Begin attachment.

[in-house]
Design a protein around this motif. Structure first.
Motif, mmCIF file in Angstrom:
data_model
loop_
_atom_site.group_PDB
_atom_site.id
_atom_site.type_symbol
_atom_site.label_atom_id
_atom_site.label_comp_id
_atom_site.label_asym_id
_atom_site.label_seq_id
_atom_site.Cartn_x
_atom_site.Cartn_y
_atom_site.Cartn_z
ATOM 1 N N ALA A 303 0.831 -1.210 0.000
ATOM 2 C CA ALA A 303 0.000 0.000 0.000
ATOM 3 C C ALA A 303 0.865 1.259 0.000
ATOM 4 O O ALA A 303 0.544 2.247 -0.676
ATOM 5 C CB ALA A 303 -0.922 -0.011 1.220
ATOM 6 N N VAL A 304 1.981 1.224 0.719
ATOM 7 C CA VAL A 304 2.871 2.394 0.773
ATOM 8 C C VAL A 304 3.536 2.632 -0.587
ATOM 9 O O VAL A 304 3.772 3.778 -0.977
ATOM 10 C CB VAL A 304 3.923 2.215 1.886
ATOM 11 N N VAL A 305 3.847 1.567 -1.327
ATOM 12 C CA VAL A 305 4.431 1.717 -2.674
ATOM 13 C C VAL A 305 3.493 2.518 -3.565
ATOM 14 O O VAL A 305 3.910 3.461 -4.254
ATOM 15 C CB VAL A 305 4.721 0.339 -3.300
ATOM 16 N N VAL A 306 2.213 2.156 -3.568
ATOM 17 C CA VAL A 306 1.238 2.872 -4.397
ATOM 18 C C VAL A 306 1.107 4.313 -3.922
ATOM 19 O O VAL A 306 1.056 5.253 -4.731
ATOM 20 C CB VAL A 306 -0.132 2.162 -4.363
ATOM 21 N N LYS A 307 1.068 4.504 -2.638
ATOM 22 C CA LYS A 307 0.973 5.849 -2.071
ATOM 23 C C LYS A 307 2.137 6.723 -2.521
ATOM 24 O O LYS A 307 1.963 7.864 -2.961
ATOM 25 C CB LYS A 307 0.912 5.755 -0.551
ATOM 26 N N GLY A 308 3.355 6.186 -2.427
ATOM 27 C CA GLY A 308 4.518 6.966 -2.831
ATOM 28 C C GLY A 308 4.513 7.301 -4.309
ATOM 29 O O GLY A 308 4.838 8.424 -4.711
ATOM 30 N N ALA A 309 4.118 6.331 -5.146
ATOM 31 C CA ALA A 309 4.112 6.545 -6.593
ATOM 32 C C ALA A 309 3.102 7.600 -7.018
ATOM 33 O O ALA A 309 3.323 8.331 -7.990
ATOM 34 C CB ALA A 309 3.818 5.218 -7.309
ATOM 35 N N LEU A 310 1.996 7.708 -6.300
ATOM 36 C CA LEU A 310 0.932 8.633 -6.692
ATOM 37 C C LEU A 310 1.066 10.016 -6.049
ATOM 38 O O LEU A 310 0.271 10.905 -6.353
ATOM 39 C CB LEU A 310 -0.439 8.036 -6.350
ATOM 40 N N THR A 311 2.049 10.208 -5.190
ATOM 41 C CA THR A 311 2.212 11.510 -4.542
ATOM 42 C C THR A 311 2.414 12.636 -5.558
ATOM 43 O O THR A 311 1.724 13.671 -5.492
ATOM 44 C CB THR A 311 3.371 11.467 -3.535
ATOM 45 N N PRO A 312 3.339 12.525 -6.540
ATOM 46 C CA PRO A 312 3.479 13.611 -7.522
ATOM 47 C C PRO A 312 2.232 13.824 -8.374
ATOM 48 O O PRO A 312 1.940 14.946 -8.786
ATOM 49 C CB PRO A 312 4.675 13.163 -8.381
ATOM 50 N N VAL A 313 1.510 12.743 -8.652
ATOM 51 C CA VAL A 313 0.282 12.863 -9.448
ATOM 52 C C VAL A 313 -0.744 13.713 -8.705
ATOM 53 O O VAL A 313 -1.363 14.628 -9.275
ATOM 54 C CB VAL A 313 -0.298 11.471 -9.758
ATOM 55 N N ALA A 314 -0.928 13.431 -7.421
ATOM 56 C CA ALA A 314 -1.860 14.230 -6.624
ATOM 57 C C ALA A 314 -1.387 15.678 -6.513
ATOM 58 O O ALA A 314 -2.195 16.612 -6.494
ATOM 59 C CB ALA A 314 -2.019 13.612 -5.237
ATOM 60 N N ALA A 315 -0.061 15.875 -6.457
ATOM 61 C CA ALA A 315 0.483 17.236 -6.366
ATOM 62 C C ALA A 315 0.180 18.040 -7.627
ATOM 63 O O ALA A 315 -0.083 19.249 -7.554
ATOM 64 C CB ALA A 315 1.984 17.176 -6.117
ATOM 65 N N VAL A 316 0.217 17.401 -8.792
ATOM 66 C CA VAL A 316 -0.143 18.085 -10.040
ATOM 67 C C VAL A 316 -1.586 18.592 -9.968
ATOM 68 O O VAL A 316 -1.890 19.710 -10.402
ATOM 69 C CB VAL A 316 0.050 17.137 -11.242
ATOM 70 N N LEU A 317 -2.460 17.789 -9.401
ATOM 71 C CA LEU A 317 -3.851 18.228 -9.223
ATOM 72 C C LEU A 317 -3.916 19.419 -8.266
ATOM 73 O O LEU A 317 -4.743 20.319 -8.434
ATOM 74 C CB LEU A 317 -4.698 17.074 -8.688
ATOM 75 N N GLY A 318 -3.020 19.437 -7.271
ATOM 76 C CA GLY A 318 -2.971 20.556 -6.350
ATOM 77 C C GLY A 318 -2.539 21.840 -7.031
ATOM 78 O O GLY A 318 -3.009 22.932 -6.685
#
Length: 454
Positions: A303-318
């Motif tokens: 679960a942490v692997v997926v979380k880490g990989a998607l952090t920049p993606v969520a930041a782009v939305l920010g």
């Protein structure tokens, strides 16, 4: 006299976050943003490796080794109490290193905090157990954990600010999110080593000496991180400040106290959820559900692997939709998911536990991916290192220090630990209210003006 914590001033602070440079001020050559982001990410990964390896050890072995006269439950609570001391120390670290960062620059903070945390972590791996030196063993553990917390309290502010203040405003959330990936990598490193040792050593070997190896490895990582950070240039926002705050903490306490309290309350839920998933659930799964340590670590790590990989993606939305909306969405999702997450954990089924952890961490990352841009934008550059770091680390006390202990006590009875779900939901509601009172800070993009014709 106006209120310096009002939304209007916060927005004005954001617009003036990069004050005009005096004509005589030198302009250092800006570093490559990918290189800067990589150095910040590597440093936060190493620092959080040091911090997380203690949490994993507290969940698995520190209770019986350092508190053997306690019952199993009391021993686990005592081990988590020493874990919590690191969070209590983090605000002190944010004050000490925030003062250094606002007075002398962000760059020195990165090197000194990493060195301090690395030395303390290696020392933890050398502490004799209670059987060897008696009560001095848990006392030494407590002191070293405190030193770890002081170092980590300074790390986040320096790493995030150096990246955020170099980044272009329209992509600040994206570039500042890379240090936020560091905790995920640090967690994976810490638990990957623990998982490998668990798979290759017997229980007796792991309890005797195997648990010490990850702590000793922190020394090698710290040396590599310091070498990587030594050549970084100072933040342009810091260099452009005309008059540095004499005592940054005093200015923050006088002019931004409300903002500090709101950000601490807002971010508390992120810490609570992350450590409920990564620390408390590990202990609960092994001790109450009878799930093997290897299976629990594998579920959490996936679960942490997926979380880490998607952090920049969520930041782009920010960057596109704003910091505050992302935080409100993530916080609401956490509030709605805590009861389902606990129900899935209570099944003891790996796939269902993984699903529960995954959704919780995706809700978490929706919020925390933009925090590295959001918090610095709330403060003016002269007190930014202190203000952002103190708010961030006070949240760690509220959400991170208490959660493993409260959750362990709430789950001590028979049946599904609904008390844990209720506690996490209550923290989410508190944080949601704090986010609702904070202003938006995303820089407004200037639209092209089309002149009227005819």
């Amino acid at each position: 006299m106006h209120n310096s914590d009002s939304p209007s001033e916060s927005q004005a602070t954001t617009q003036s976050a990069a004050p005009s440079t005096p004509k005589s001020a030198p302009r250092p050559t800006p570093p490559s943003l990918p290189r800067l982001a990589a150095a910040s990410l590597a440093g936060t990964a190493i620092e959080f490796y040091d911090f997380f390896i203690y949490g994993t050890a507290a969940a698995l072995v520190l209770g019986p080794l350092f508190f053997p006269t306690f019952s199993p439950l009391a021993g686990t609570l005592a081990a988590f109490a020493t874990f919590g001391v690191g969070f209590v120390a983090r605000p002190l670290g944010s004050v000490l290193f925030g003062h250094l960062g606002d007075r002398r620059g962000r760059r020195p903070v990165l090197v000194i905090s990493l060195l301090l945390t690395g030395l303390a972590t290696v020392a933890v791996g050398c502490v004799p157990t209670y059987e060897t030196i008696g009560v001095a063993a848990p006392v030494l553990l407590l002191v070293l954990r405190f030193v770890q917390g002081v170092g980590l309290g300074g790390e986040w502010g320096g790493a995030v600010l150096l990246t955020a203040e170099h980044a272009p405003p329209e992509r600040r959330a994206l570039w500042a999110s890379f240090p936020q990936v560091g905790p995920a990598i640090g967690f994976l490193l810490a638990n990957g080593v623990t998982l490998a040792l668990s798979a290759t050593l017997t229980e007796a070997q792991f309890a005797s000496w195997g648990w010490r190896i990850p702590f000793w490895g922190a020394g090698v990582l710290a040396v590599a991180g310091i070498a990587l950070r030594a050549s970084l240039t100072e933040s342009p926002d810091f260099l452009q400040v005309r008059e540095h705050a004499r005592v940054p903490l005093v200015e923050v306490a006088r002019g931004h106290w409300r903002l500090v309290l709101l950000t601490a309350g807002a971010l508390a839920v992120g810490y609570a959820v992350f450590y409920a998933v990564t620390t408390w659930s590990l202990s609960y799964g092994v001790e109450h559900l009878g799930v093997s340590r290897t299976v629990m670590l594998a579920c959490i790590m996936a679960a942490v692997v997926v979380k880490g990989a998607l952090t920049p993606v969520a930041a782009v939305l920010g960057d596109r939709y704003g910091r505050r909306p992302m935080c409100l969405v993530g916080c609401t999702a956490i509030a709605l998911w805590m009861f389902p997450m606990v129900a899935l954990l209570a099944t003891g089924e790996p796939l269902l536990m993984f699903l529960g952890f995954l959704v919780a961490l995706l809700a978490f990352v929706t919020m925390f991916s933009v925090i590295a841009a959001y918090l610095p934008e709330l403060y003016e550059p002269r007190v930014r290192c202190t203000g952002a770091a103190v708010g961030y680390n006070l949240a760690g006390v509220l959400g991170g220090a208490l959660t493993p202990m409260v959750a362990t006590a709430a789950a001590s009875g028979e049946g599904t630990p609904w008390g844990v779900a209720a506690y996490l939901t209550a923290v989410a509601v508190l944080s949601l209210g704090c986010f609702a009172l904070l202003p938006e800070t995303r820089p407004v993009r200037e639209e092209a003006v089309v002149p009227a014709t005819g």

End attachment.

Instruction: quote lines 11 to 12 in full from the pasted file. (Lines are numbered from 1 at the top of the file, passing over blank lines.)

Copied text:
_atom_site.label_asym_id
_atom_site.label_seq_id